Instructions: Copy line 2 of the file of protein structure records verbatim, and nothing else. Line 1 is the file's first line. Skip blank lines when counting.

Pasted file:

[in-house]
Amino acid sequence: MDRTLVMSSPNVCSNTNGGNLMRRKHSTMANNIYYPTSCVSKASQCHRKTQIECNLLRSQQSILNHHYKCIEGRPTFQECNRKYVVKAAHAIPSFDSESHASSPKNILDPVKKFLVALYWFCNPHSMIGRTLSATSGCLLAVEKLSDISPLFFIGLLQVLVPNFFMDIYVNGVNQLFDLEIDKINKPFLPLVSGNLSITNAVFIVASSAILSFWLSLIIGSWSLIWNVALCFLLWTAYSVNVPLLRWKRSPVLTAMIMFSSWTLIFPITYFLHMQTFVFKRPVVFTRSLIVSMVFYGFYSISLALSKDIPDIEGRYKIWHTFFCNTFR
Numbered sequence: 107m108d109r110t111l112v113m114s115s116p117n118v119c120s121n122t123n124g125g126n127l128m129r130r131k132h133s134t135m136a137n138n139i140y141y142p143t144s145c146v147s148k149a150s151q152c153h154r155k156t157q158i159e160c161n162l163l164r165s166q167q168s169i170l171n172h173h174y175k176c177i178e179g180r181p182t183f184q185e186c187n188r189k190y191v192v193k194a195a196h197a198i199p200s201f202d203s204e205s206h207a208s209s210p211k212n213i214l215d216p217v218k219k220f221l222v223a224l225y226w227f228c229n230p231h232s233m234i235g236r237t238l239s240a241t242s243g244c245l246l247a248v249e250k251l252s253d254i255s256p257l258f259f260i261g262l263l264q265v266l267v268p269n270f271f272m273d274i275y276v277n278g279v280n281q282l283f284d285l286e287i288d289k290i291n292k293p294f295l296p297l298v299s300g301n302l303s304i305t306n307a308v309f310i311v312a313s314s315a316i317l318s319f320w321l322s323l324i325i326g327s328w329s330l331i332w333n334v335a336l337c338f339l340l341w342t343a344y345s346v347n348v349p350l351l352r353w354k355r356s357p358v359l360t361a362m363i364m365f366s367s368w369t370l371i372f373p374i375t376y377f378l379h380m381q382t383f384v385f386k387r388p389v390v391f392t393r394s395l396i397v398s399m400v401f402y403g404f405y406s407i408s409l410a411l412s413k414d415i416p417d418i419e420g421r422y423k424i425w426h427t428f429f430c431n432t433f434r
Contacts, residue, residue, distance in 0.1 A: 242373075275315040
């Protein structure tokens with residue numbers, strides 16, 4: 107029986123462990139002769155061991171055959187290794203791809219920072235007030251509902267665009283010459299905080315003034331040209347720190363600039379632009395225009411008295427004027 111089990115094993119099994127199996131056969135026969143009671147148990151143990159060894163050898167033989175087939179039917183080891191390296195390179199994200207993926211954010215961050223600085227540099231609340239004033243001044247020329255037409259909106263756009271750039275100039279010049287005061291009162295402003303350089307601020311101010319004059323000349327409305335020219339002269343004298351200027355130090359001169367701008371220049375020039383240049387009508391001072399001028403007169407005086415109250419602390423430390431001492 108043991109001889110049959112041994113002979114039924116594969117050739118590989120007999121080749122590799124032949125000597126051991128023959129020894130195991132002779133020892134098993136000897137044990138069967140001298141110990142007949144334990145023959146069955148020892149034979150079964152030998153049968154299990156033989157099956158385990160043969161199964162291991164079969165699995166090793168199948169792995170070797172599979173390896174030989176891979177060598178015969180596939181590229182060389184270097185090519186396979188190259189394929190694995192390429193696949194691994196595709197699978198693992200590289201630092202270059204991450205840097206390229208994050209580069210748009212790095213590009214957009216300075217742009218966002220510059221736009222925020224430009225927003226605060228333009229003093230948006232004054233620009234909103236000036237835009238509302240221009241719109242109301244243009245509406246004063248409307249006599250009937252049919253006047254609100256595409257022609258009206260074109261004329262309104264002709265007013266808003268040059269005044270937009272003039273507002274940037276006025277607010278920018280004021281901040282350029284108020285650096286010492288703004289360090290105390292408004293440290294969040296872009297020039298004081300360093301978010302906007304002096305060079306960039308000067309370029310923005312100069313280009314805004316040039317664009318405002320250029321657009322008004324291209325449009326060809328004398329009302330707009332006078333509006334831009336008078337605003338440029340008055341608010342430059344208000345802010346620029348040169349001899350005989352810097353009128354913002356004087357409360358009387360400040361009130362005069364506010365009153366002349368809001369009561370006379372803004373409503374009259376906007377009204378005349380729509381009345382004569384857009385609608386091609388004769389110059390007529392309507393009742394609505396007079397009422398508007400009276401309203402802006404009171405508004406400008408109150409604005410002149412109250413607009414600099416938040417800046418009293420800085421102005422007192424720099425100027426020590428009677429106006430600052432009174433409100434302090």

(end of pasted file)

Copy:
Amino acid sequence: MDRTLVMSSPNVCSNTNGGNLMRRKHSTMANNIYYPTSCVSKASQCHRKTQIECNLLRSQQSILNHHYKCIEGRPTFQECNRKYVVKAAHAIPSFDSESHASSPKNILDPVKKFLVALYWFCNPHSMIGRTLSATSGCLLAVEKLSDISPLFFIGLLQVLVPNFFMDIYVNGVNQLFDLEIDKINKPFLPLVSGNLSITNAVFIVASSAILSFWLSLIIGSWSLIWNVALCFLLWTAYSVNVPLLRWKRSPVLTAMIMFSSWTLIFPITYFLHMQTFVFKRPVVFTRSLIVSMVFYGFYSISLALSKDIPDIEGRYKIWHTFFCNTFR